A New Vision for Black Boys
Dec 16, 2010
By Hannah Matthews
There is a gross disparity in outcomes for Black people, particularly men and youth, in all major areas of American life, including education, employment, and health. Recent analysis shows that young child poverty rates for African American children are more than twice the poverty rate for young white children (41 percent compared to 14 percent); and the connection between poverty early on in life and negative outcomes into adulthood is clear and strong.
The 2025 Campaign for Black Men and Boys was formed to ensure that by the time black boys born in 2007 turn 18, the nation's policies and social mores will have changed drastically enough that collectively they will fare far better than today's young black men. A new report from the Campaign, We Dream A World, sets forth a strategy to raise awareness, create local impact, and advance better policies to achieve this goal.
The large disparities in child well-being by race, coupled with the growing diversity of our youngest generation, necessitate action in the early childhood field. Among the 2025 Campaign's recommendations is to promote access to high quality child care and early education through increased funding for child care subsidies, Head Start, preschool, and technical assistance to early educators and child care providers in low-income communities of color to ensure Black boys enter the K-12 education system ready to learn.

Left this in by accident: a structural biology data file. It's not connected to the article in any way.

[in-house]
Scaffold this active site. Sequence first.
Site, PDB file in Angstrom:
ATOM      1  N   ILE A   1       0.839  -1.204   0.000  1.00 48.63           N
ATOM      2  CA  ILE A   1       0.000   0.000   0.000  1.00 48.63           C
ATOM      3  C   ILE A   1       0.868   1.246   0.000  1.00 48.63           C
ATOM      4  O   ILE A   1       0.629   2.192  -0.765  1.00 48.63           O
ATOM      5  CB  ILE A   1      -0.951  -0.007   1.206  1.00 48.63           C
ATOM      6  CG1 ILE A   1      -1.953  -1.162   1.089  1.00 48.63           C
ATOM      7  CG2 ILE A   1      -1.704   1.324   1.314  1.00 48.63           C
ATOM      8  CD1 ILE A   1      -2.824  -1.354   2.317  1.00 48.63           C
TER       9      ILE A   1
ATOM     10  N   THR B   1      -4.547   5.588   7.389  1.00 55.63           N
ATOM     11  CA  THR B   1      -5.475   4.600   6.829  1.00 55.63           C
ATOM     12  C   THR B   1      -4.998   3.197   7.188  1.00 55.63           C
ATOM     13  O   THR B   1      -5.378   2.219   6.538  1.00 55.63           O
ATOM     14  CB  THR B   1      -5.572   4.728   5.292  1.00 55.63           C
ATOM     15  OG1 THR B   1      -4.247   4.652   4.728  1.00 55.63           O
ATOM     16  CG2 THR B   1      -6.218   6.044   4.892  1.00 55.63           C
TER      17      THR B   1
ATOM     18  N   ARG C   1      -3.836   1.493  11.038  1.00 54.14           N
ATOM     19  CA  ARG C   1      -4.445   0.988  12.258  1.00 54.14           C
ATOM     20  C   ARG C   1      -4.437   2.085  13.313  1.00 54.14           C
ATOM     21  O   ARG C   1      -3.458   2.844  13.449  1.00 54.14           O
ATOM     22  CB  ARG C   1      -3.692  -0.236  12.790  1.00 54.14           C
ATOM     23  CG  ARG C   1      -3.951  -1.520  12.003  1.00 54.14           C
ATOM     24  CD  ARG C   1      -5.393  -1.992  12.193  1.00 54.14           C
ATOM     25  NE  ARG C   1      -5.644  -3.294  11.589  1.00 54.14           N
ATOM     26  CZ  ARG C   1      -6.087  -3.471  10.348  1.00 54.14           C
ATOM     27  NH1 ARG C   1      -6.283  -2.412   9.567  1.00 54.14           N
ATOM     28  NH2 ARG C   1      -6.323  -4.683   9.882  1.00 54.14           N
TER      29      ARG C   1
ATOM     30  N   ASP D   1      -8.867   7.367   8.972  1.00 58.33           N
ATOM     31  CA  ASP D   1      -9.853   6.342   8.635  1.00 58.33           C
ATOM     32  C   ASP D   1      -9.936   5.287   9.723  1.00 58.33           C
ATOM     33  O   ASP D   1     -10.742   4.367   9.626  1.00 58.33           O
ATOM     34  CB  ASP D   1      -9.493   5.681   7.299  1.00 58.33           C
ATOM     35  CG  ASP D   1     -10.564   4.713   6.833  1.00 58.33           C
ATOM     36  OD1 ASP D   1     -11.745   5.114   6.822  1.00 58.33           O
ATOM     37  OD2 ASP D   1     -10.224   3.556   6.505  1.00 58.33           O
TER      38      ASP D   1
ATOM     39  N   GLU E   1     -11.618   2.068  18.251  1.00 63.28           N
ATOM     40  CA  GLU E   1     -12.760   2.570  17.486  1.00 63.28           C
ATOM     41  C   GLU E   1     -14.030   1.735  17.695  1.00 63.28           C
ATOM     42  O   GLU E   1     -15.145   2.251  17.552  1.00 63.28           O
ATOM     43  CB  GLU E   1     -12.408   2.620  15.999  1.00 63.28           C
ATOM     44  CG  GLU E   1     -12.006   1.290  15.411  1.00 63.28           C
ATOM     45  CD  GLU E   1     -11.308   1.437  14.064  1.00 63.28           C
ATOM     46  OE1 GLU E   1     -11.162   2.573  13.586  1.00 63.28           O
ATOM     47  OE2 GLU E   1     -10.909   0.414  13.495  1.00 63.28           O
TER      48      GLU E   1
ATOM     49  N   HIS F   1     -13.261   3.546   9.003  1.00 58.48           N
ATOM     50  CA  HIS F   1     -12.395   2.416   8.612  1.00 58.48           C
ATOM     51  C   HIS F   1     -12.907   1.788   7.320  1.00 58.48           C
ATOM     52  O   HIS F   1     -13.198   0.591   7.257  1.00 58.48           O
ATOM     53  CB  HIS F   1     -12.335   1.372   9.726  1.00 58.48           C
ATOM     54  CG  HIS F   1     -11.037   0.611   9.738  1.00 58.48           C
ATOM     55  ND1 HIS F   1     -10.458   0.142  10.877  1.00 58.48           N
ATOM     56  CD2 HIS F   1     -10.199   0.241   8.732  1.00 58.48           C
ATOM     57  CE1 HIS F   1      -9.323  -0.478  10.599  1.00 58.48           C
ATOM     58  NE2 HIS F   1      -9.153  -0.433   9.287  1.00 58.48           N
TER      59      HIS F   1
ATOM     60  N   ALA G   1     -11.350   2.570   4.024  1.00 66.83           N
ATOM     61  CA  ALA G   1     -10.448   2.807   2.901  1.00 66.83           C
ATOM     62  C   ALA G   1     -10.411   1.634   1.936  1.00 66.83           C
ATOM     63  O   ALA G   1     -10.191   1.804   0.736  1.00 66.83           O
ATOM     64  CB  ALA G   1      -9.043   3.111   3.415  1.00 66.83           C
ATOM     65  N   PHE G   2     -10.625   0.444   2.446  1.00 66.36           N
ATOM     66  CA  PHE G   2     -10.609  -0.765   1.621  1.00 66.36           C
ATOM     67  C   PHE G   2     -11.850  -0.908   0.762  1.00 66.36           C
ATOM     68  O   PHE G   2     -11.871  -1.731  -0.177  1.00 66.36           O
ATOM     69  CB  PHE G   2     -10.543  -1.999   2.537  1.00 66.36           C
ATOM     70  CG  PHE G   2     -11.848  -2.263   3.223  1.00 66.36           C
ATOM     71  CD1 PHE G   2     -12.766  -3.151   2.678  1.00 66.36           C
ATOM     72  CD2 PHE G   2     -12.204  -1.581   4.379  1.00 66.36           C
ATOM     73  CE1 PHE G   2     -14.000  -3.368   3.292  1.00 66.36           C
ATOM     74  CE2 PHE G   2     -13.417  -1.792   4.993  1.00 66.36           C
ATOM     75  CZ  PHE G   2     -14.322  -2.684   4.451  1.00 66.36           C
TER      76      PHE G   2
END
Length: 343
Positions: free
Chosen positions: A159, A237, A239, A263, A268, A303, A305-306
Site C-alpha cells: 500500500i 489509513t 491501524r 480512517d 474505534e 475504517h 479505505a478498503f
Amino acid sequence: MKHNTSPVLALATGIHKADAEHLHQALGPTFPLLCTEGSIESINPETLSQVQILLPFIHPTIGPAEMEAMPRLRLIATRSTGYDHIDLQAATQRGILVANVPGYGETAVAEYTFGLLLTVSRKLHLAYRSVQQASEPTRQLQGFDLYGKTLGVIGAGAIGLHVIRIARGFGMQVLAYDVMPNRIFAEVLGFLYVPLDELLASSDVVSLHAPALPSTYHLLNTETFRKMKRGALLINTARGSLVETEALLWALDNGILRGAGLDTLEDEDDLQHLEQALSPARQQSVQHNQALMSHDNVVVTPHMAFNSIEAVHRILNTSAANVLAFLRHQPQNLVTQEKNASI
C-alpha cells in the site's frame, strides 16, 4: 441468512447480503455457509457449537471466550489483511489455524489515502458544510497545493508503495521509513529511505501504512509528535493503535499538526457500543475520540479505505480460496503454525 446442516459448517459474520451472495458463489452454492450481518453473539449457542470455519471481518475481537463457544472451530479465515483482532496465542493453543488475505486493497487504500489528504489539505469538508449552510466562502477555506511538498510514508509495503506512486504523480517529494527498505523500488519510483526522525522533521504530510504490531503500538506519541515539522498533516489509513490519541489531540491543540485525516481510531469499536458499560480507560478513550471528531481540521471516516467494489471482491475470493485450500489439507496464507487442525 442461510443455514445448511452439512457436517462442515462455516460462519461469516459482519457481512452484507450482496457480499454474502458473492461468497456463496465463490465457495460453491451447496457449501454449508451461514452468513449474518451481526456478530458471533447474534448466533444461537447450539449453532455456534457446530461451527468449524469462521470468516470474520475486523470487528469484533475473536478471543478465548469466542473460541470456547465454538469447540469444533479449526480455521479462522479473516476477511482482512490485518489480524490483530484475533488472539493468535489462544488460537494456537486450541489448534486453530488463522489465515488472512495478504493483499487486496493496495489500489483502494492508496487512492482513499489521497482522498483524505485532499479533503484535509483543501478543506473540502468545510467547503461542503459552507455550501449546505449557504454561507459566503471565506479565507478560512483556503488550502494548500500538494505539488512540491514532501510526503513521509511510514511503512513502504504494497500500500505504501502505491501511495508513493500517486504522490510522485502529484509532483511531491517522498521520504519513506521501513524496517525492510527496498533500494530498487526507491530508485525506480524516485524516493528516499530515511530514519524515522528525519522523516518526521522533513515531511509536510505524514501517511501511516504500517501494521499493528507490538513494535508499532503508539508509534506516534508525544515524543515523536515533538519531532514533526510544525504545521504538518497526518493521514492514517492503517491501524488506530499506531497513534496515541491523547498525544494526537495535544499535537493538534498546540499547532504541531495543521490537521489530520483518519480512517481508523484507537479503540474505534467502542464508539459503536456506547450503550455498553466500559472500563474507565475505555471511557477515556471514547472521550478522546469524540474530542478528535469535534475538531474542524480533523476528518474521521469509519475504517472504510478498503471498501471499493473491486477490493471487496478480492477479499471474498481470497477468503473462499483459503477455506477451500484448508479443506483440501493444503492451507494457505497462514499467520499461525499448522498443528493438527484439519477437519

In addition to advocating for increased access to quality child care and early education, it's clear that improving the lives of Black boys requires policies that are deliberate in their focus on improving the trajectory for young children of color. Among other strategies, this means fully engaging parents and connecting families to vital comprehensive services early on to address racial disparities in children's health; providing child care providers in low-income communities of color with scholarships and other supports to access higher education credentials; and assessing early childhood standards, policies, and practices to ensure that they are promoting the best outcomes for all children.
Achieving the vision of 2025, requires committing to action today.